What to Know about “Nanka”(なんか) in Japanese

Have you ever heard the word “Nanka” in Japanese?

If you watch Japanese TV, Movie or Dorama, you may realize how so often the Japanese use “Nanka” in daily conversation. “Nanka iikoto atta?” which means Do you have any good news? or “Nanka hen” which means something wrong, and so on. Yes, if you go to Japan, you can hear this “Nanka” phrase every day. “Nanka” is one word, but there are a lot of different meanings and usage. “Nanka” is the most useful casual phrase to speak Japanese. That’s why people use this unconsciously every time.

1. What does “Nanka” actually mean?

So, what exactly is “Nanka”? Well, the first meaning is “Something like..”. It is equivalent to the English “like”. You may hear certain people in English speakers in the following way, “Like totally, I would never like do that, it’s just like wrong”. I’m sure you have heard this type of language in your life before, whether that be in real life or the movies.

In Japanese “Nanka” equates to the same thing. “Nanka” can be used almost anywhere in the sentence when you are looking to express the meaning of “Something like”, just like in English. However, “Nanka” is only used in spoken language, so please bear that in mind.

2. How to use “Nanka” in a Sentence

Like, if there’s any equivalent to like, the word “like” in Japanese, has to be like “Nanka”. “Nanka” is a contraction of “Nanika”(なにか), which means “something”. However, “Nanka” can be used to mean something very similar to the English “like”.

Game Nanka kyoumi nai-yo.
ゲームなんか興味ないよ –
I’m not interested in something game.

You will notice the total lack of particles. You’ll see that a lot in casual speech, so “Nanka” is always used in casual conversation. Another thing to notice here is that “Nanka” essentially means “Things like” in this example. This usage is distinct for “Nanka”, and you won’t see “Nanika” (何か) used in the same way.

In fact, just like the word “like” in English, you can stick “Nanka” just about anywhere and still make sense! Be careful though because this might become a habit and you might start sounding like the way you do when, like, you use like, like everywhere. Also, it is like a “Filler” “Additional phrase when speaking”. This filler is used to fill in the gaps when starting to speak in a conversation when the speaker does not know what to say when it is difficult to say when hesitating.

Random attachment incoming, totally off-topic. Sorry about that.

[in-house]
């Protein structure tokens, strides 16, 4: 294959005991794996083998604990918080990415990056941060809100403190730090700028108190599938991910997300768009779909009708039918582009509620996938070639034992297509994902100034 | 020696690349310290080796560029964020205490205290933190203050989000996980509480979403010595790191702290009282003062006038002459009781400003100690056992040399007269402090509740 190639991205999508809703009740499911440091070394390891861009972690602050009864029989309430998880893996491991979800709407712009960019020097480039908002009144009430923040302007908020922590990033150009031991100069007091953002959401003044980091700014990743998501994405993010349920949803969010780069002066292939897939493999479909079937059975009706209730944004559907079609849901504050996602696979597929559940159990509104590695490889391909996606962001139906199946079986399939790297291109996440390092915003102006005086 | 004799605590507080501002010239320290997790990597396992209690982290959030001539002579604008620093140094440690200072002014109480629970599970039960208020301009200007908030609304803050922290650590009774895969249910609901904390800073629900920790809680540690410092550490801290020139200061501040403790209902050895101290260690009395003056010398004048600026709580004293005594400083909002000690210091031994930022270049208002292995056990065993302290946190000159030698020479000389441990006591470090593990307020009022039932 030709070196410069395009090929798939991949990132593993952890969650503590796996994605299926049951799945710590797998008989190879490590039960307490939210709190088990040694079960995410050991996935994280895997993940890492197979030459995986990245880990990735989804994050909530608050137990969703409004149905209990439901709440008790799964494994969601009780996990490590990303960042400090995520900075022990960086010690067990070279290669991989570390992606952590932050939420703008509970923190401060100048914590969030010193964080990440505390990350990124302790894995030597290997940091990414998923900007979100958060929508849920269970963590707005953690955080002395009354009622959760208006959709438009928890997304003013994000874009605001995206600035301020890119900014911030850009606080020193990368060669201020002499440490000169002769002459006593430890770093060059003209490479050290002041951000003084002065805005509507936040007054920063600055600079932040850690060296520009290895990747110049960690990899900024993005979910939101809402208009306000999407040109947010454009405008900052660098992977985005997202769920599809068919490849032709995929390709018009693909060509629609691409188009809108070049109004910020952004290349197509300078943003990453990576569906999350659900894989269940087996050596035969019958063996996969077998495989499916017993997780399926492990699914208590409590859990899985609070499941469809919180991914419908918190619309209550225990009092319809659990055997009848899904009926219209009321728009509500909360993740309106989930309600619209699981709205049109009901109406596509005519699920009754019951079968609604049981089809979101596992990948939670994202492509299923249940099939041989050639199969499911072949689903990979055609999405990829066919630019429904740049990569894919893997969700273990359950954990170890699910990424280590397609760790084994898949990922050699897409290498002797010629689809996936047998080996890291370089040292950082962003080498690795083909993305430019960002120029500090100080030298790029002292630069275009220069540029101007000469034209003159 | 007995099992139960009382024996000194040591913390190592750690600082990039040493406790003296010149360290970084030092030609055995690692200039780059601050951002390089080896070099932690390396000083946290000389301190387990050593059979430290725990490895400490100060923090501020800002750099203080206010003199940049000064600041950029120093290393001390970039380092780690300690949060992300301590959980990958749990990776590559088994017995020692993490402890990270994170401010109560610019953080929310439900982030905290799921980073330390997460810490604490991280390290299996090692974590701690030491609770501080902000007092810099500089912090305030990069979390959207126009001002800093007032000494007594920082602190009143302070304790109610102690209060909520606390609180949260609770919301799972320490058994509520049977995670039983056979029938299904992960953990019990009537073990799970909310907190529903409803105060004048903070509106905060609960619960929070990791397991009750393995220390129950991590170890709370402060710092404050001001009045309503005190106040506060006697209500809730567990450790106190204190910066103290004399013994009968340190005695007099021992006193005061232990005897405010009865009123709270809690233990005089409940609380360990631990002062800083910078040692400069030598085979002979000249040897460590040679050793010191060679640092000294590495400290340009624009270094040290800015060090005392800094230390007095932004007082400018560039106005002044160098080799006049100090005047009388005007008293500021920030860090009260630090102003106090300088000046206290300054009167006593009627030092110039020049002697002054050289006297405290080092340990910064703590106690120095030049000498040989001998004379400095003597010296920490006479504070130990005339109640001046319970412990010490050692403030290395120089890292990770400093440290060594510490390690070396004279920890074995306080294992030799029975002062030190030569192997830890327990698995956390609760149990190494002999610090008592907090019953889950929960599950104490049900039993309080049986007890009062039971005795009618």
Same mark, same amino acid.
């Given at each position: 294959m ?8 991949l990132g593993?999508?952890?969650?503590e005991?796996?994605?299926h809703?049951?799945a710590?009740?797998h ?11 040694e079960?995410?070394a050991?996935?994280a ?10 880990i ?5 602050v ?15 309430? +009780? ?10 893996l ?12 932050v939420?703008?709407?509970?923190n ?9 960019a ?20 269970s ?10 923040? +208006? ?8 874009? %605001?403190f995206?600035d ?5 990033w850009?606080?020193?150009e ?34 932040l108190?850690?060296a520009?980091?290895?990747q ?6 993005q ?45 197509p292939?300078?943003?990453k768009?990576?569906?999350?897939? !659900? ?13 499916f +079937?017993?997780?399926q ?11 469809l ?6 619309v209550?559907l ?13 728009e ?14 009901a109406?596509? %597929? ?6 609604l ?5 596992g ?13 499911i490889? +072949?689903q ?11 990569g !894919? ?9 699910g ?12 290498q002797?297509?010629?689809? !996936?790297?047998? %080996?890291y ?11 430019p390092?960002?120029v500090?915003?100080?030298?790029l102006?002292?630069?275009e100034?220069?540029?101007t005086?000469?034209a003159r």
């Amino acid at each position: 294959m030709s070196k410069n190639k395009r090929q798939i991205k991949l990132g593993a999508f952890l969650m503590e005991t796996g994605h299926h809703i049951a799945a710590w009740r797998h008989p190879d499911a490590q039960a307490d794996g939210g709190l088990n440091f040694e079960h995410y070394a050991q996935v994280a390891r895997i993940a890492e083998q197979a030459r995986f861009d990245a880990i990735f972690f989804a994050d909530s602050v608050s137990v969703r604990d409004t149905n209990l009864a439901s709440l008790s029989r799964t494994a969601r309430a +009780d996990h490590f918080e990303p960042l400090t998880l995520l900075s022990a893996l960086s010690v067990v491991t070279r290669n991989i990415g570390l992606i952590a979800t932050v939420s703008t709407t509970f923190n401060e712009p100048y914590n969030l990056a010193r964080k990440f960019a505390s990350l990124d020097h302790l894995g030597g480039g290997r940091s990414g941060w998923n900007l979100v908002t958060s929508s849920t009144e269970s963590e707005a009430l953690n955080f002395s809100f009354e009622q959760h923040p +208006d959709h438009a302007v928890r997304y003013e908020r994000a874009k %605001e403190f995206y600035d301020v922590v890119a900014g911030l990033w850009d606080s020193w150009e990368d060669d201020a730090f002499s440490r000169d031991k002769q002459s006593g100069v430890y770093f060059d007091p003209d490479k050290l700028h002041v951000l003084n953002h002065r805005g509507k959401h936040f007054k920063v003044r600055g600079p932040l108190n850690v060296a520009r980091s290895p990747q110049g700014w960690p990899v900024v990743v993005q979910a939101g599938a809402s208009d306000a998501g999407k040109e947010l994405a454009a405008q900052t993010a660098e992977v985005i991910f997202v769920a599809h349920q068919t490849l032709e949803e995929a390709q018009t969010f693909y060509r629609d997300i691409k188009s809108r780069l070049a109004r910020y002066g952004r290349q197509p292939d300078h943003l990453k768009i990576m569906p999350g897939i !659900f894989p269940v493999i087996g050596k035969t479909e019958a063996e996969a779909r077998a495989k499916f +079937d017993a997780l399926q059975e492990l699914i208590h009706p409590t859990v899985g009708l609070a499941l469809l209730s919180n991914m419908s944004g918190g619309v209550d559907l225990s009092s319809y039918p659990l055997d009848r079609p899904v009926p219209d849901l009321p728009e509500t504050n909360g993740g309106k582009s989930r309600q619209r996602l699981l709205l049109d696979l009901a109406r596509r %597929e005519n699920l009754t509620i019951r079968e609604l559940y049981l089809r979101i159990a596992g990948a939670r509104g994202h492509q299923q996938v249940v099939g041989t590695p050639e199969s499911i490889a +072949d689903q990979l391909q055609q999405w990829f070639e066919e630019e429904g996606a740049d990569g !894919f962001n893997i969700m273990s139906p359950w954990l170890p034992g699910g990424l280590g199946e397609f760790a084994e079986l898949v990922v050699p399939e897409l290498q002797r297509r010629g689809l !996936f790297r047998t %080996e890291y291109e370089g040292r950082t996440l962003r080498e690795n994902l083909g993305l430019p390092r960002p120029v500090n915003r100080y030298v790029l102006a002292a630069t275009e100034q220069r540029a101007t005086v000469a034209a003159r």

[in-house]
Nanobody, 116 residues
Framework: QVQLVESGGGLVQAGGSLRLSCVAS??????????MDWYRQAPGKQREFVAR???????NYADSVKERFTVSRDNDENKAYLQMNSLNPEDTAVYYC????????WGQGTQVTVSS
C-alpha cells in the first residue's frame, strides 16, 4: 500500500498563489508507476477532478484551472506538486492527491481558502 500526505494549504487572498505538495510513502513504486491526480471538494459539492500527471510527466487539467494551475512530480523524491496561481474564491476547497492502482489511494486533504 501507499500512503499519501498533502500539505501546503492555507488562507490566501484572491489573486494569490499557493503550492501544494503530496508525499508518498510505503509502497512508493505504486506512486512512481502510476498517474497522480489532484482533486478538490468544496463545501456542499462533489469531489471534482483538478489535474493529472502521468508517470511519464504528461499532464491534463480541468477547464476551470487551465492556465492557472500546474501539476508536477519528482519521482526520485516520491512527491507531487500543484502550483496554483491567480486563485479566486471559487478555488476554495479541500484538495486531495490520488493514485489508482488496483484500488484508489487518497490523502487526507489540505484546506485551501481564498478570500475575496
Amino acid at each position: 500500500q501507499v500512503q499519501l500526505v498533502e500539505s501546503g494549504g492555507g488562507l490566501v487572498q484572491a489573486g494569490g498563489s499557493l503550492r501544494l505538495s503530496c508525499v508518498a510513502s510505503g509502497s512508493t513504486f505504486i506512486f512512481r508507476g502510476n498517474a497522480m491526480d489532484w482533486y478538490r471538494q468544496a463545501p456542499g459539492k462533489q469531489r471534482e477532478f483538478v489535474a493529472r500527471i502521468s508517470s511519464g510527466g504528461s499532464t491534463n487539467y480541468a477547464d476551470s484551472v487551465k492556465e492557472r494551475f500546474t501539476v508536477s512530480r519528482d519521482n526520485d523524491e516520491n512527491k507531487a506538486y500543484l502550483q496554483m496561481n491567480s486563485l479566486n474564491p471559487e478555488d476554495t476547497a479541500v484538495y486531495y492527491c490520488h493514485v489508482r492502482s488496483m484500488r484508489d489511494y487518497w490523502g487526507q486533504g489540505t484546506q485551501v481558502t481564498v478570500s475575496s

"Somehow, the person next to me ..."
"Hey, like, when I got on the train today, there was like a strange person and like he was mumbling something I couldn’t understand.”

The frequency of “Something” used in everyday conversation is considerable. I think that the flow of the words “Nanka saa”, “Nanka ~ dayone”, and “Nanaka ~ da” is a kind of escape from responsibility. It seems that the formula “Nanka = I don’t understand well” holds true.

3. When can we use “Nanka” in daily life?

Including above, there are some meanings of “Nanka” in a sentence. In Japan, people use “Nanka” in the following situations:

(1) When you are not confident, when you say something unclear, or when you are thinking

Japanese SentencesHow to ReadMeaning in English
Nanka taisetsunakoto wo tsutaetainoni Kotoba ga mitsukaranai.I want to tell you something important, but I can’t find words.
結婚する前になんか決め手がほしかった。 I wanted a decisive factor before getting married.Kekkon suru maeni Nanka kimete ga hoshikatta.

(2) When you say something you don’t understand

Japanese SentencesHow to ReadMeaning in English
なんか買いますか?Nanka [Nanika] Kaimasuka?Will you buy something?
なんか手伝いますか?   Nanka [Nanika] Testudaimasuka?May I help you?

(3) Expresses the feelings of the speaker’s contempt, disdain, and humility, negative feeling

Pattern: Subject + なんか・なにか 「Nanka or Nanika」
Japanese SentencesHow to ReadMeaning in English
Hiragana Nanka Kantandesu.Hiragana is too easy.
Isogashi-sugite Yasumi Nanka torenai.I’m too busy to take a day off.
Orei Nanka iranai desu.I don’t need that gratitude.
Watashi Nanka madamada desu.
There is a feeling of “It is still a long way” in “Something”.
I still have a long way to go. 
Konnakoto de Kekkon Nanka shinai!I won’t get married because of this.